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FTC Paper Suggests No Tracking Option for Online Commerce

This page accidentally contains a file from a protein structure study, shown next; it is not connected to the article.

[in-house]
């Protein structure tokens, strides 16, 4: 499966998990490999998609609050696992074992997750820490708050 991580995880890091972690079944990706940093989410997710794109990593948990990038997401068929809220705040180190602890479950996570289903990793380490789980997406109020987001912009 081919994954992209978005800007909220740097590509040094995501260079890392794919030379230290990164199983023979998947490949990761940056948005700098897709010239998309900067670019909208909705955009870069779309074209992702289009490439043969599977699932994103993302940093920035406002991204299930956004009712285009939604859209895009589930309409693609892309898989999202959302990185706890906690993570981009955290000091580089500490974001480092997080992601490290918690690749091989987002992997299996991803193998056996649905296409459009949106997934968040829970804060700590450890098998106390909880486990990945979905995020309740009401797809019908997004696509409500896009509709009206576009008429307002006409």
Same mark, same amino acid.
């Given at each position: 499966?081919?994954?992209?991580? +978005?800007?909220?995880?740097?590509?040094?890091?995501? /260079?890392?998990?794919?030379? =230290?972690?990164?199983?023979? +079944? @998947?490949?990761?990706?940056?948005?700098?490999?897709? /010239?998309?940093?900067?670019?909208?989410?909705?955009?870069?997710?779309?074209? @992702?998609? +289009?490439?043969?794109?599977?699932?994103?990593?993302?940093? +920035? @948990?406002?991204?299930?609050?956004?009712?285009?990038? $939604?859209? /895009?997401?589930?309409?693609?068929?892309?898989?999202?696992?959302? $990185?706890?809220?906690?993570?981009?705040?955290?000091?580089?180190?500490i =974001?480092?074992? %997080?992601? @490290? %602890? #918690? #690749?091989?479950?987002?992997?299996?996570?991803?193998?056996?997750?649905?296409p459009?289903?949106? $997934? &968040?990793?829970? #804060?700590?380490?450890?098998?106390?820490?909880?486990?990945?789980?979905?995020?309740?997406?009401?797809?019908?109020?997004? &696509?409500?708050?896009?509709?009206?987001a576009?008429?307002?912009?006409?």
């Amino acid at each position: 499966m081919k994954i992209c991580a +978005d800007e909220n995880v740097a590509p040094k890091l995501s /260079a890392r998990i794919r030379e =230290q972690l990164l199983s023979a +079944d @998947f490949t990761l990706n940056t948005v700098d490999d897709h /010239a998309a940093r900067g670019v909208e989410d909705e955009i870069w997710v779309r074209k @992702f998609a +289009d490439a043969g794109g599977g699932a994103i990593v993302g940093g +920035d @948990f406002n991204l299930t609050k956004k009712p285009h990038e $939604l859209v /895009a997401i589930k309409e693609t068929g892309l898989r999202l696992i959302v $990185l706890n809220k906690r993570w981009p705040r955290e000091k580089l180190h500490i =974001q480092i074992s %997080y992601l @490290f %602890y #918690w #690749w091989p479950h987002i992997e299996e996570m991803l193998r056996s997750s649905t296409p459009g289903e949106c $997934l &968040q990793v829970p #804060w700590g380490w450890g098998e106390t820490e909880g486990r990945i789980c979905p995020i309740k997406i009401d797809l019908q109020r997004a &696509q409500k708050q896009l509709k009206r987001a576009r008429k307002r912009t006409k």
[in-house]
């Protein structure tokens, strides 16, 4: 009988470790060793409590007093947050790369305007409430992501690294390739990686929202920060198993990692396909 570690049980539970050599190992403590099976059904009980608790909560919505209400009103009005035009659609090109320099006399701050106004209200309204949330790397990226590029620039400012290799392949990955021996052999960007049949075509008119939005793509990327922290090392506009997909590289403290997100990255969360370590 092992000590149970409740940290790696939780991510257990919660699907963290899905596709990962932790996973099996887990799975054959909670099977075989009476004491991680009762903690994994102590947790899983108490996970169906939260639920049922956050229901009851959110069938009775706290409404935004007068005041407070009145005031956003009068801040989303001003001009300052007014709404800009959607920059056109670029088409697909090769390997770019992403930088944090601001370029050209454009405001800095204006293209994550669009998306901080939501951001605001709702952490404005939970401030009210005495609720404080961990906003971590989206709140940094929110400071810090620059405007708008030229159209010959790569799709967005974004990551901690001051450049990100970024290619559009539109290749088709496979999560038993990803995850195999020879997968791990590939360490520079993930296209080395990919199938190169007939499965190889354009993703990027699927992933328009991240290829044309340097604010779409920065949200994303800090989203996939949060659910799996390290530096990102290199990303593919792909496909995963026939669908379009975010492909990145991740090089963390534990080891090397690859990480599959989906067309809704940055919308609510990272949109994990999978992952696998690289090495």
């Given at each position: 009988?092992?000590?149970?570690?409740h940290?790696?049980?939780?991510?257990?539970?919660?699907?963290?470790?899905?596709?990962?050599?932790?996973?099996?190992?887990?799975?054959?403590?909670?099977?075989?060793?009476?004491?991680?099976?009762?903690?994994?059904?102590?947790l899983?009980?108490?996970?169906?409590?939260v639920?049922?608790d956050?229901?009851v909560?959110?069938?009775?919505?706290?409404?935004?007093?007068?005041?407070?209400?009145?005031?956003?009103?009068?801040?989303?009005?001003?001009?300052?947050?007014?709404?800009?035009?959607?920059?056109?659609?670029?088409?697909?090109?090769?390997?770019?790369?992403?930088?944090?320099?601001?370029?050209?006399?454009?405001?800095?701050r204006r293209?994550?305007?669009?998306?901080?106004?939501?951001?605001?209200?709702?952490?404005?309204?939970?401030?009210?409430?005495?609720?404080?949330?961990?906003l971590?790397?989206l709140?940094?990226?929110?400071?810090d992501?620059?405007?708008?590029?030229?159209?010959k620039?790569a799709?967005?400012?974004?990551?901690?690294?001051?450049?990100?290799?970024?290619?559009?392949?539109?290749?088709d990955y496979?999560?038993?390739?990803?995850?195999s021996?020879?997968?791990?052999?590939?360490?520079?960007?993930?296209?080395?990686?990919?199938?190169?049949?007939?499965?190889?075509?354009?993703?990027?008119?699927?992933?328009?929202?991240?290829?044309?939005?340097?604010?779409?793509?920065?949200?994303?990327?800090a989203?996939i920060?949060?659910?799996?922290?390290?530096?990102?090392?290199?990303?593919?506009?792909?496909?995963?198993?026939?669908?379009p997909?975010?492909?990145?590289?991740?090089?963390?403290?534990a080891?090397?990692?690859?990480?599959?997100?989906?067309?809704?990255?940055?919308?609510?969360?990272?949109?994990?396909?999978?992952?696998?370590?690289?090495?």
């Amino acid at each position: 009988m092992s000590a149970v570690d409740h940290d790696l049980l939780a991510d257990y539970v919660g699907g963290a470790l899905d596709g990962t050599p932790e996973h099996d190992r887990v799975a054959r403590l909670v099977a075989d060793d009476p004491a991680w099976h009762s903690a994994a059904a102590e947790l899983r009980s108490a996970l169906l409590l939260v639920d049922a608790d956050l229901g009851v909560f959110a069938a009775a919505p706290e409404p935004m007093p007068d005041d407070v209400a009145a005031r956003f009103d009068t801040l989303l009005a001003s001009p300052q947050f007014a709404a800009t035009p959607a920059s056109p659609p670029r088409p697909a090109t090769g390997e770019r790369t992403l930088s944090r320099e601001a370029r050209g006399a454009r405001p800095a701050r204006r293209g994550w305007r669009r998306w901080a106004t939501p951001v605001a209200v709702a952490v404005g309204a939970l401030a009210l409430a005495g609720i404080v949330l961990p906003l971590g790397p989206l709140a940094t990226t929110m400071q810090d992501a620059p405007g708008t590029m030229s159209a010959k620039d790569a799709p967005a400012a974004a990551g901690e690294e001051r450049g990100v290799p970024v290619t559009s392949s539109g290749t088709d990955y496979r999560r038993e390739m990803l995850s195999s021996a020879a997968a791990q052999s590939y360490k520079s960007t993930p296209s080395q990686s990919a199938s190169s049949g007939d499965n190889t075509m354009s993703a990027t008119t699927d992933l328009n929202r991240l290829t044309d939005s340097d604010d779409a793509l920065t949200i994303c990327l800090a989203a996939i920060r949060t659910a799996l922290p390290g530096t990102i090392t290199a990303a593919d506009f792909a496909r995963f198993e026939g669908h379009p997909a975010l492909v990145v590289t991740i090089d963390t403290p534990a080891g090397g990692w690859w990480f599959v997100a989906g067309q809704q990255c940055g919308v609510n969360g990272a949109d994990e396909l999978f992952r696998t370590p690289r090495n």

December 2, 2010 -- The Federal Trade Commission issued a preliminary staff report calling for the creation of a “do not track” mechanism to allow consumers to choose whether to allow the collection of data regarding their online searching and browsing activities. The report concluded that industry efforts to address privacy through self-regulation have been too slow and failed to provide adequate and meaningful protection. “This proposal is intended to inform policymakers, including Congress, as they develop solutions, policies, and potential laws governing privacy, and guide and motivate industry as it develops more robust and effective best practices and self-regulatory guidelines,” said FTC Chairman Jon Leibowitz. The report called for companies to have reasonable security for consumer data, limited collection and retention of such data, and reasonable procedures to promote data accuracy. FTC said the no tracking option for consumers would not alter such company practices as product and service fulfillment, improvements to services, fraud prevention, legal compliance, and first-party marketing. The report also recommended standardized notices that allow the public to compare information practices of competing companies and reasonable access to data that companies maintain about them. More information
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